During the Legal/Tech meet up at the Nailab in Nairobi last Friday, advocates with backgrounds in company registration and intellectual property spoke to budding techprenuers on how to steer their business away from negative legal implications.
Isaac Rutenberg, who is an intellectual property advocate and also a lecturer at Strathmore University, clarified three kinds of intellectual property, the first one being copyright, which is automatic at the point of publishing. Although it is instant, Rutenberg urges the authors of works of art to register their works with the relevant authorities. Such registration would cost approximately KSh1,000 (approx US$12)
The second category is the trademark, which include symbols or logos used in companies on their products. Rutenberg said it could take KSh10,000 (approx US$114) to KSh15,000 (approx US171) to register a trademark.
The last and most powerful of intellectual property registrations is the patent, which covers inventions on all fields. According to Rutenberg, this type of intellectual property is expensive to secure and takes a lot of time. He explains that some of the fees will go to lawyers.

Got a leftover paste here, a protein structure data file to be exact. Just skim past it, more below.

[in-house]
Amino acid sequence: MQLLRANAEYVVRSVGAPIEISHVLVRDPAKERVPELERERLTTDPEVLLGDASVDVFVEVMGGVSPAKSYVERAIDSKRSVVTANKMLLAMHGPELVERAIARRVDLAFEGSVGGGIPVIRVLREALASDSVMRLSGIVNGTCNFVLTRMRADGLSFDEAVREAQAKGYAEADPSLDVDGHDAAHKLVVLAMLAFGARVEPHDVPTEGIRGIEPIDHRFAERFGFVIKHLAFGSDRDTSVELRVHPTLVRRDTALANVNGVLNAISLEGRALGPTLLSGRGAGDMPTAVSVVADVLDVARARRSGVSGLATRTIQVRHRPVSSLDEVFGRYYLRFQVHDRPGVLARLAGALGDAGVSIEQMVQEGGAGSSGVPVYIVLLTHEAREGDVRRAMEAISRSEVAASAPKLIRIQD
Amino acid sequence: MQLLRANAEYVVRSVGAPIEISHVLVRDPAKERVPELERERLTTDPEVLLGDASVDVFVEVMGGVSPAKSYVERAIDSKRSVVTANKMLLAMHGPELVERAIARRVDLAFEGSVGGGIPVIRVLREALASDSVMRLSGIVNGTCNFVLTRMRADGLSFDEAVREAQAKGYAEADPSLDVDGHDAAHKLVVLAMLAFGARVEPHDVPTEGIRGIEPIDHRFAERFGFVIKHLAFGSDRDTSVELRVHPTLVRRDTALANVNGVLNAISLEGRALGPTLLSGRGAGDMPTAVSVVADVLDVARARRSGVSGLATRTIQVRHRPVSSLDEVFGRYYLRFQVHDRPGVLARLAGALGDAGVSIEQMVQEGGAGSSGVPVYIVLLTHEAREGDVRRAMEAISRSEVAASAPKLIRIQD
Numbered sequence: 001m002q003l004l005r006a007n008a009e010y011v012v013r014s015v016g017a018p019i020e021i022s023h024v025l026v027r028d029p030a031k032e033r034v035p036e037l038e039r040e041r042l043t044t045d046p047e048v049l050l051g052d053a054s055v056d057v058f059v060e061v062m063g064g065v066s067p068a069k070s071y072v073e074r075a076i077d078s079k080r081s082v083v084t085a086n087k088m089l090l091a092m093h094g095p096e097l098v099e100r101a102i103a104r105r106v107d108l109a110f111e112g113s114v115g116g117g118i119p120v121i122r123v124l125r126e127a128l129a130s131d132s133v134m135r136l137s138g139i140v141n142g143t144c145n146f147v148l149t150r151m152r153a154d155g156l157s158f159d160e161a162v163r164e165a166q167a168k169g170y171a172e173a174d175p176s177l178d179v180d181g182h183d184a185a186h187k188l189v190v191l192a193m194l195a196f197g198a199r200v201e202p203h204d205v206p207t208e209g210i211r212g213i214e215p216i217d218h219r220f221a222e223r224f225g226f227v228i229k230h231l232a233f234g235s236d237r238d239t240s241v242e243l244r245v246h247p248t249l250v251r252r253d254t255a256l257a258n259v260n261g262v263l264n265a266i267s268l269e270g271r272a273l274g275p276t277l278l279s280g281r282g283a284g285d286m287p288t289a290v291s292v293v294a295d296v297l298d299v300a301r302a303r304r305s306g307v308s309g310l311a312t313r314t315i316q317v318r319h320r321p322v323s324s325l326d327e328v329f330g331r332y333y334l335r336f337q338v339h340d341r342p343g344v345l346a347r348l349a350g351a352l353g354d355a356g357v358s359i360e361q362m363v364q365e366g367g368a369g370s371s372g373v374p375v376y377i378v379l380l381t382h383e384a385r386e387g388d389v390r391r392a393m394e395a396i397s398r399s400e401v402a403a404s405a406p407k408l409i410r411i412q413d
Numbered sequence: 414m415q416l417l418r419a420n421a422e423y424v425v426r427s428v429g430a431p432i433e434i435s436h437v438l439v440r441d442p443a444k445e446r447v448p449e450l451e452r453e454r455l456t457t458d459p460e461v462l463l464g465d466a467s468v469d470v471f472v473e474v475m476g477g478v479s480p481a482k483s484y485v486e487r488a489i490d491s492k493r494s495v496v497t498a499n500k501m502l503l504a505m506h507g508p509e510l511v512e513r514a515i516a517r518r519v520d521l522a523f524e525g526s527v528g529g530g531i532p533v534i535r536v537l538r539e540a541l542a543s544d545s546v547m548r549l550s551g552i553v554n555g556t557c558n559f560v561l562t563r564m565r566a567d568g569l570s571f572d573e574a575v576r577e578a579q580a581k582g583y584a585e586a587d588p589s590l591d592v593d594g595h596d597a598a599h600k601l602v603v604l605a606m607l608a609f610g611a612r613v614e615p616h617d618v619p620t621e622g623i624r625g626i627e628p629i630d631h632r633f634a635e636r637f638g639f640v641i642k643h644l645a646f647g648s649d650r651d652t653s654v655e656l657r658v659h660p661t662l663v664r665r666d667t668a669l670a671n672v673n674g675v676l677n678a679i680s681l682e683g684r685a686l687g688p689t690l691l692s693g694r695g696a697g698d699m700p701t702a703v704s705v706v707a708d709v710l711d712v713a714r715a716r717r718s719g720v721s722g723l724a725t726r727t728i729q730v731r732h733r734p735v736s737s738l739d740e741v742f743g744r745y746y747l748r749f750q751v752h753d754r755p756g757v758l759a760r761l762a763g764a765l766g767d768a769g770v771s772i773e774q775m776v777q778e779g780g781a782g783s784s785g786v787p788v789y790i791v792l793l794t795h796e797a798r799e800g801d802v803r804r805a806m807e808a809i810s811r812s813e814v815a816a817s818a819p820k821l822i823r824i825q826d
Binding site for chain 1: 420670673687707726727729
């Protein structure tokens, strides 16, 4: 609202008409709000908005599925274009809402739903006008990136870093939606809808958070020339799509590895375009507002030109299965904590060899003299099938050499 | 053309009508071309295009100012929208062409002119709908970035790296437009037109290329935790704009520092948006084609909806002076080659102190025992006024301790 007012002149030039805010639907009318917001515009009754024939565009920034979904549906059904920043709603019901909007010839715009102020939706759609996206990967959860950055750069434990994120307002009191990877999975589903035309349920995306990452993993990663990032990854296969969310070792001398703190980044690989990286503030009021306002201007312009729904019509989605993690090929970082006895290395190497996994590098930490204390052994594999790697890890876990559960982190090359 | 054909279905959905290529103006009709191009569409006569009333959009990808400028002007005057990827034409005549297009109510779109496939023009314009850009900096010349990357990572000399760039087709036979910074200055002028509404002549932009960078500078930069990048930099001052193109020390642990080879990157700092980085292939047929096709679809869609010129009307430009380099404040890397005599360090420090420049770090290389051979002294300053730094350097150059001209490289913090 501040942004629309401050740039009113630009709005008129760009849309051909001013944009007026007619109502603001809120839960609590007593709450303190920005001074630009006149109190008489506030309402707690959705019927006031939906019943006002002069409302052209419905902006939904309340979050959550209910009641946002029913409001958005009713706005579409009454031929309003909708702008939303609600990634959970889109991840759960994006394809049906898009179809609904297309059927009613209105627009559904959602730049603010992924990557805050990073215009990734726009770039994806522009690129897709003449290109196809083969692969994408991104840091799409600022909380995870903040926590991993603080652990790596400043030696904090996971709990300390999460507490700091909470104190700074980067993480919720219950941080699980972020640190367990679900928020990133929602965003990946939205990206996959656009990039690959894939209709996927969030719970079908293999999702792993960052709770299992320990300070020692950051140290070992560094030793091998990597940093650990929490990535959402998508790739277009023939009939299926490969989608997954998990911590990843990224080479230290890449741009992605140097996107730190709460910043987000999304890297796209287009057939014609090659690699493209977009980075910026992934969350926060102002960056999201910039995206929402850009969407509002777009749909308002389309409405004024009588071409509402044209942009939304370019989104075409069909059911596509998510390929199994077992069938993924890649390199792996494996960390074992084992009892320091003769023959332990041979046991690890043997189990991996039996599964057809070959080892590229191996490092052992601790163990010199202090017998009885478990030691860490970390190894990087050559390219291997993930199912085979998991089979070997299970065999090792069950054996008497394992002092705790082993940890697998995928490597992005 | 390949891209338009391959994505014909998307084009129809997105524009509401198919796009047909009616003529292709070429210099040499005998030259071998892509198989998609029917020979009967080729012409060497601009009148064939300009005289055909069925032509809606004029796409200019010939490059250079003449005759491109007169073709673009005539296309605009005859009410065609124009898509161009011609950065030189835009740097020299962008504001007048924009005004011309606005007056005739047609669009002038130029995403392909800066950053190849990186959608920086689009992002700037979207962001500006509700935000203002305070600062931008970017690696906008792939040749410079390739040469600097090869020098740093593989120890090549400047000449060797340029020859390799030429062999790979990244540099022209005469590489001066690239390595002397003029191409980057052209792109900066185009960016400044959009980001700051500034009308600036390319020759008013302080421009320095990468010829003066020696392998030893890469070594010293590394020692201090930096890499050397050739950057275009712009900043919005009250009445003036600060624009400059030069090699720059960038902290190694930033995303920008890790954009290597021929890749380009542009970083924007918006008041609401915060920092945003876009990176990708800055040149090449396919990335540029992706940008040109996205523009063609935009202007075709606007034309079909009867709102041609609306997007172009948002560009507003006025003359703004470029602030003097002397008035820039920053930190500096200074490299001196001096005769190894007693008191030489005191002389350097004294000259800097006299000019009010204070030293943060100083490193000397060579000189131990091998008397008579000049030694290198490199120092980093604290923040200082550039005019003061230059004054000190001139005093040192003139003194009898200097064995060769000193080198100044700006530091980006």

Most emerging companies also get themselves into trouble as they lack proper engagement mechanisms with partners and external investors. The Legal/Tech meet-up urged techies to seek credible legal advice when drafting company documents whether within or without.
From the outset, companies need to engage a lawyer when registering their companies and the articles of association and memorandum, as it will safeguard participating partners from possible disputes in the future.
Pivot East 2013 organisers have also arranged for a similar meetup where the issues of intellectual property will be discussed by Dr Derek Palmer, the Managing Director of ProspectIP, a UK-based IP management company.